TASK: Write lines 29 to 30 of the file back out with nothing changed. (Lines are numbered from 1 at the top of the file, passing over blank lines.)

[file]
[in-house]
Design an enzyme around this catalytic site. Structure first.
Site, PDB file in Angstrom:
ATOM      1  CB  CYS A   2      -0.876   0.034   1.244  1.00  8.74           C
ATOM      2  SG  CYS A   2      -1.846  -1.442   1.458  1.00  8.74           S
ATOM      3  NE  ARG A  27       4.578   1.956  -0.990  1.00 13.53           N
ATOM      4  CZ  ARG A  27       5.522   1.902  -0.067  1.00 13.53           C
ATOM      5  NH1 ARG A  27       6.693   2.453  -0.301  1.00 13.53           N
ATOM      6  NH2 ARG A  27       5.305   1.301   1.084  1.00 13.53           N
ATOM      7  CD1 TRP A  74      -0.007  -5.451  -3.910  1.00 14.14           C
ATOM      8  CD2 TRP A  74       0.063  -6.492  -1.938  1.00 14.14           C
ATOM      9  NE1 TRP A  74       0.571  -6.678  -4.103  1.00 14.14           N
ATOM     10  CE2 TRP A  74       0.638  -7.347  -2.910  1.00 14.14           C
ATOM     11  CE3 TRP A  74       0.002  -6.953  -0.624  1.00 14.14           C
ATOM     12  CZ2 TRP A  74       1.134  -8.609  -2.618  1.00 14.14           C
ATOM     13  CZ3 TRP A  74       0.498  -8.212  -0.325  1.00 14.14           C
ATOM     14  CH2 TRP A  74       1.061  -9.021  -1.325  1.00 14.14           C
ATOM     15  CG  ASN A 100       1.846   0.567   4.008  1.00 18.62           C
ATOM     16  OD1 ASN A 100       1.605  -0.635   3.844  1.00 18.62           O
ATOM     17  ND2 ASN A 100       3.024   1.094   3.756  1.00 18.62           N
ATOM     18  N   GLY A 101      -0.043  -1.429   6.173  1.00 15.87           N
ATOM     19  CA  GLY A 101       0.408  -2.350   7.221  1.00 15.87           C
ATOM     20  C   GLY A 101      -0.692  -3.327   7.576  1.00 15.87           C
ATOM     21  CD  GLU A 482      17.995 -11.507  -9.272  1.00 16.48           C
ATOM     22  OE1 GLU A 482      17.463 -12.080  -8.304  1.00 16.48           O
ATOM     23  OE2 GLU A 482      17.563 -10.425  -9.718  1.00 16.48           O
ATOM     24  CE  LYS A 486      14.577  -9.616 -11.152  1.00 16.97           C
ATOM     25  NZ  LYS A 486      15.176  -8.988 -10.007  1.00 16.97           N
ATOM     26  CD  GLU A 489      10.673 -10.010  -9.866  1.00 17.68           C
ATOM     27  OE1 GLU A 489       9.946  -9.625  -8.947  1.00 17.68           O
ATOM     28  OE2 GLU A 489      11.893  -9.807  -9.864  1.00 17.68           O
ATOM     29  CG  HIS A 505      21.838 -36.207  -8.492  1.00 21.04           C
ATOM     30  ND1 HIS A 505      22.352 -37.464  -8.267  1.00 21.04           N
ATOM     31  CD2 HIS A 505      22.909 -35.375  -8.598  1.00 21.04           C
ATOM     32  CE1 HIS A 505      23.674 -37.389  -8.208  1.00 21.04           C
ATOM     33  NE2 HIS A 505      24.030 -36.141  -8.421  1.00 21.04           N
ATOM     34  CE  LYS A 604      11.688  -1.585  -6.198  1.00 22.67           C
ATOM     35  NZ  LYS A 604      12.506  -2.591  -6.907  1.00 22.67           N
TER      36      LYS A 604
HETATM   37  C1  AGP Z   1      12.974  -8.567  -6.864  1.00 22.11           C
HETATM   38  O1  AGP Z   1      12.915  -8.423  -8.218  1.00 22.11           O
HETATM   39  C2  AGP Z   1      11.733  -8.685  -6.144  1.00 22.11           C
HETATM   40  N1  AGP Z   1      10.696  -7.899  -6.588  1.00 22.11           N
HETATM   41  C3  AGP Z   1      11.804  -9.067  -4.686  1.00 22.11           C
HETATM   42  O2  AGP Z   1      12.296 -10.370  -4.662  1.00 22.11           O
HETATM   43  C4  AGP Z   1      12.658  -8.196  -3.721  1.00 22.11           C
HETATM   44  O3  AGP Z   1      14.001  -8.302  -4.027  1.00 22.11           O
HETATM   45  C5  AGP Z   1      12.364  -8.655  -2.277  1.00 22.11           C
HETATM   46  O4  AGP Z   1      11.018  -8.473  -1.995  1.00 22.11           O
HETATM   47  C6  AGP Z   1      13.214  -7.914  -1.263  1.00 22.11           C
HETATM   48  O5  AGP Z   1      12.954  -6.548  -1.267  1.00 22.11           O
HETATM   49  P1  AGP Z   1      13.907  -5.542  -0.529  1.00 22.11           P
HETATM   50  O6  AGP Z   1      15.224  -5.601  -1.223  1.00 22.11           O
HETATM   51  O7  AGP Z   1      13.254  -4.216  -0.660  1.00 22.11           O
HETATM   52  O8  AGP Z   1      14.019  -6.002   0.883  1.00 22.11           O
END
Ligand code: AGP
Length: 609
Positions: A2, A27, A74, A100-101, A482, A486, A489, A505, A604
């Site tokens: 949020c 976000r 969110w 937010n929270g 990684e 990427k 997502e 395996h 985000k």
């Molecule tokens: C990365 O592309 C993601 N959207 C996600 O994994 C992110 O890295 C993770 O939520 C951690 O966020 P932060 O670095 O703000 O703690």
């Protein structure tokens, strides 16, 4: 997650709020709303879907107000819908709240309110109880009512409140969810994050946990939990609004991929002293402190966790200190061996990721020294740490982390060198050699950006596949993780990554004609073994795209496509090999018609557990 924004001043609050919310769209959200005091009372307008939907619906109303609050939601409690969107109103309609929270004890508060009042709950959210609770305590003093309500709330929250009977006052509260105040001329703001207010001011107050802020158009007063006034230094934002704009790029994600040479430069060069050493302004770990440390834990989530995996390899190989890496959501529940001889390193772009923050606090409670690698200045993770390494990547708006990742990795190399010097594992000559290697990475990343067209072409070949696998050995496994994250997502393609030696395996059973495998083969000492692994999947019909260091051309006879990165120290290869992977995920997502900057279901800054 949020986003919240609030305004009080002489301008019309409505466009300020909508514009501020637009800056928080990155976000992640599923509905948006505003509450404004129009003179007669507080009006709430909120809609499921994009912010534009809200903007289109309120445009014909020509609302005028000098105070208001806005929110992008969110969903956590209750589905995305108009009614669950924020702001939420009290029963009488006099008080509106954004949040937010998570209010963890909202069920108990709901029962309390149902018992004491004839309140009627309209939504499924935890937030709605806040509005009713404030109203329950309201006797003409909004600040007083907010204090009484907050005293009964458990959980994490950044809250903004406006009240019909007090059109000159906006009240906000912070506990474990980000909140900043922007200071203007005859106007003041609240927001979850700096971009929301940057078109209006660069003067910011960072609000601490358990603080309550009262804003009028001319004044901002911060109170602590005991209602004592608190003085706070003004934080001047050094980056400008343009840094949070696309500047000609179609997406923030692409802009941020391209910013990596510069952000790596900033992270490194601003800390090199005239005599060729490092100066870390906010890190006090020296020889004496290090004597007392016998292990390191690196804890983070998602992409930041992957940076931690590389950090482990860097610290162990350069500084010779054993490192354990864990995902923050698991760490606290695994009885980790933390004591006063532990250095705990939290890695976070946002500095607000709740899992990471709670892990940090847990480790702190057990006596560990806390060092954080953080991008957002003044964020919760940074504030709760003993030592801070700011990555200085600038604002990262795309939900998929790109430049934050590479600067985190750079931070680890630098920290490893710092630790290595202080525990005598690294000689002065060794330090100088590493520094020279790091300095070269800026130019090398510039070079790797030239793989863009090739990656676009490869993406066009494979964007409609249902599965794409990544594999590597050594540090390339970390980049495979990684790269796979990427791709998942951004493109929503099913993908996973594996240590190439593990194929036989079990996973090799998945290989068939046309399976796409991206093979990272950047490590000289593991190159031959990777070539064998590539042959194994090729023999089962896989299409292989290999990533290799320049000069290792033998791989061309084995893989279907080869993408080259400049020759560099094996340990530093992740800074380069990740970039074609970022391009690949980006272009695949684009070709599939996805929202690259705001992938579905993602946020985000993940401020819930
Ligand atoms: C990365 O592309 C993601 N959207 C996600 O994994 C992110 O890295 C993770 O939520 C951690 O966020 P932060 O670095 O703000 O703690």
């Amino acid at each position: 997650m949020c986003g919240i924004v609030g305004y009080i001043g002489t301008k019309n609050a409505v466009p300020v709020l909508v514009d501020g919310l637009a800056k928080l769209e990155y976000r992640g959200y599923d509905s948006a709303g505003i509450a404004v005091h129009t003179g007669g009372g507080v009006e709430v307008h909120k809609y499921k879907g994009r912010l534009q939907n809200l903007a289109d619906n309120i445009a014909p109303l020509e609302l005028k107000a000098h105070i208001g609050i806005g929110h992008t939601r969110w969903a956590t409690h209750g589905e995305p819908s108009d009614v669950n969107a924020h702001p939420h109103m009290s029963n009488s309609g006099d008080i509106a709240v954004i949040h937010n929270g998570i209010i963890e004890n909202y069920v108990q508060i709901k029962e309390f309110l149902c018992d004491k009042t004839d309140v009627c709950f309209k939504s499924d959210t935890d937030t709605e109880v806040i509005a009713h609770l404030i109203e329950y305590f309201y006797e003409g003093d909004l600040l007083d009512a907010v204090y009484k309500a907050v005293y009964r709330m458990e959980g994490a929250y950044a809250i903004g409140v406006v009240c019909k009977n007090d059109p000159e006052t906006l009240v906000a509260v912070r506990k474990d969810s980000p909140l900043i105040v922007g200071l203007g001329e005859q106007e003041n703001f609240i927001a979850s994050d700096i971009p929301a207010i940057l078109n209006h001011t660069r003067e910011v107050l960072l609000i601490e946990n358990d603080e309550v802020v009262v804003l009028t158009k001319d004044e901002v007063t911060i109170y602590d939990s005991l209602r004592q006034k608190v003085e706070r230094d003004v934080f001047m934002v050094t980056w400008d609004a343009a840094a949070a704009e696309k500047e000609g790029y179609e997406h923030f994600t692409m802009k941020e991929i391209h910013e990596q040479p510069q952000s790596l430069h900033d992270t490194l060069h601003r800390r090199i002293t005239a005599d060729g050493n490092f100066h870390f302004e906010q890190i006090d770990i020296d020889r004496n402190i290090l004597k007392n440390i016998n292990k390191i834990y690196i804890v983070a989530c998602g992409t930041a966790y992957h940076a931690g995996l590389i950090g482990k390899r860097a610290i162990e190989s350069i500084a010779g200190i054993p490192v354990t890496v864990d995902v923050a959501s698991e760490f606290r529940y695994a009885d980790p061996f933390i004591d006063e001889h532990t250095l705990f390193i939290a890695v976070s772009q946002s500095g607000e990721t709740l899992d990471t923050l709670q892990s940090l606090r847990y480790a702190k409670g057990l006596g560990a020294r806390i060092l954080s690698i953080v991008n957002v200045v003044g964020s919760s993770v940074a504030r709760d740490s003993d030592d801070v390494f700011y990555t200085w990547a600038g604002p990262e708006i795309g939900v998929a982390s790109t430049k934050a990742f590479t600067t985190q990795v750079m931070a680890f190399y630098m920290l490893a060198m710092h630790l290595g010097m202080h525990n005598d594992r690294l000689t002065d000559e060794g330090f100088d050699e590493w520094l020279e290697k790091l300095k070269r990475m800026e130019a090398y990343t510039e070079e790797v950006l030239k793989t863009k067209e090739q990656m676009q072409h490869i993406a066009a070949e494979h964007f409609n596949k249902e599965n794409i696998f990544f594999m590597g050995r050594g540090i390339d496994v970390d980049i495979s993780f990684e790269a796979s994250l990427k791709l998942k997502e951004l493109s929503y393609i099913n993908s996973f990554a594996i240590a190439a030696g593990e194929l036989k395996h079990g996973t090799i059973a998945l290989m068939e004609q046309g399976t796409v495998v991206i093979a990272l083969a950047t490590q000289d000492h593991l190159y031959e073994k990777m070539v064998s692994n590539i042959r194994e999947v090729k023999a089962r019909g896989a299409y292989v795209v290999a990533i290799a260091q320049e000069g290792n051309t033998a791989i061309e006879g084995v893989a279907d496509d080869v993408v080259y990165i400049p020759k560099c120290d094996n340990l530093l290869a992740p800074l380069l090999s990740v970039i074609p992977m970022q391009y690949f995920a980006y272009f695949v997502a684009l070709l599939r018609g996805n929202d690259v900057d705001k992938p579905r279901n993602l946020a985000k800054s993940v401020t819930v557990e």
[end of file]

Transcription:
ATOM     26  CD  GLU A 489      10.673 -10.010  -9.866  1.00 17.68           C
ATOM     27  OE1 GLU A 489       9.946  -9.625  -8.947  1.00 17.68           O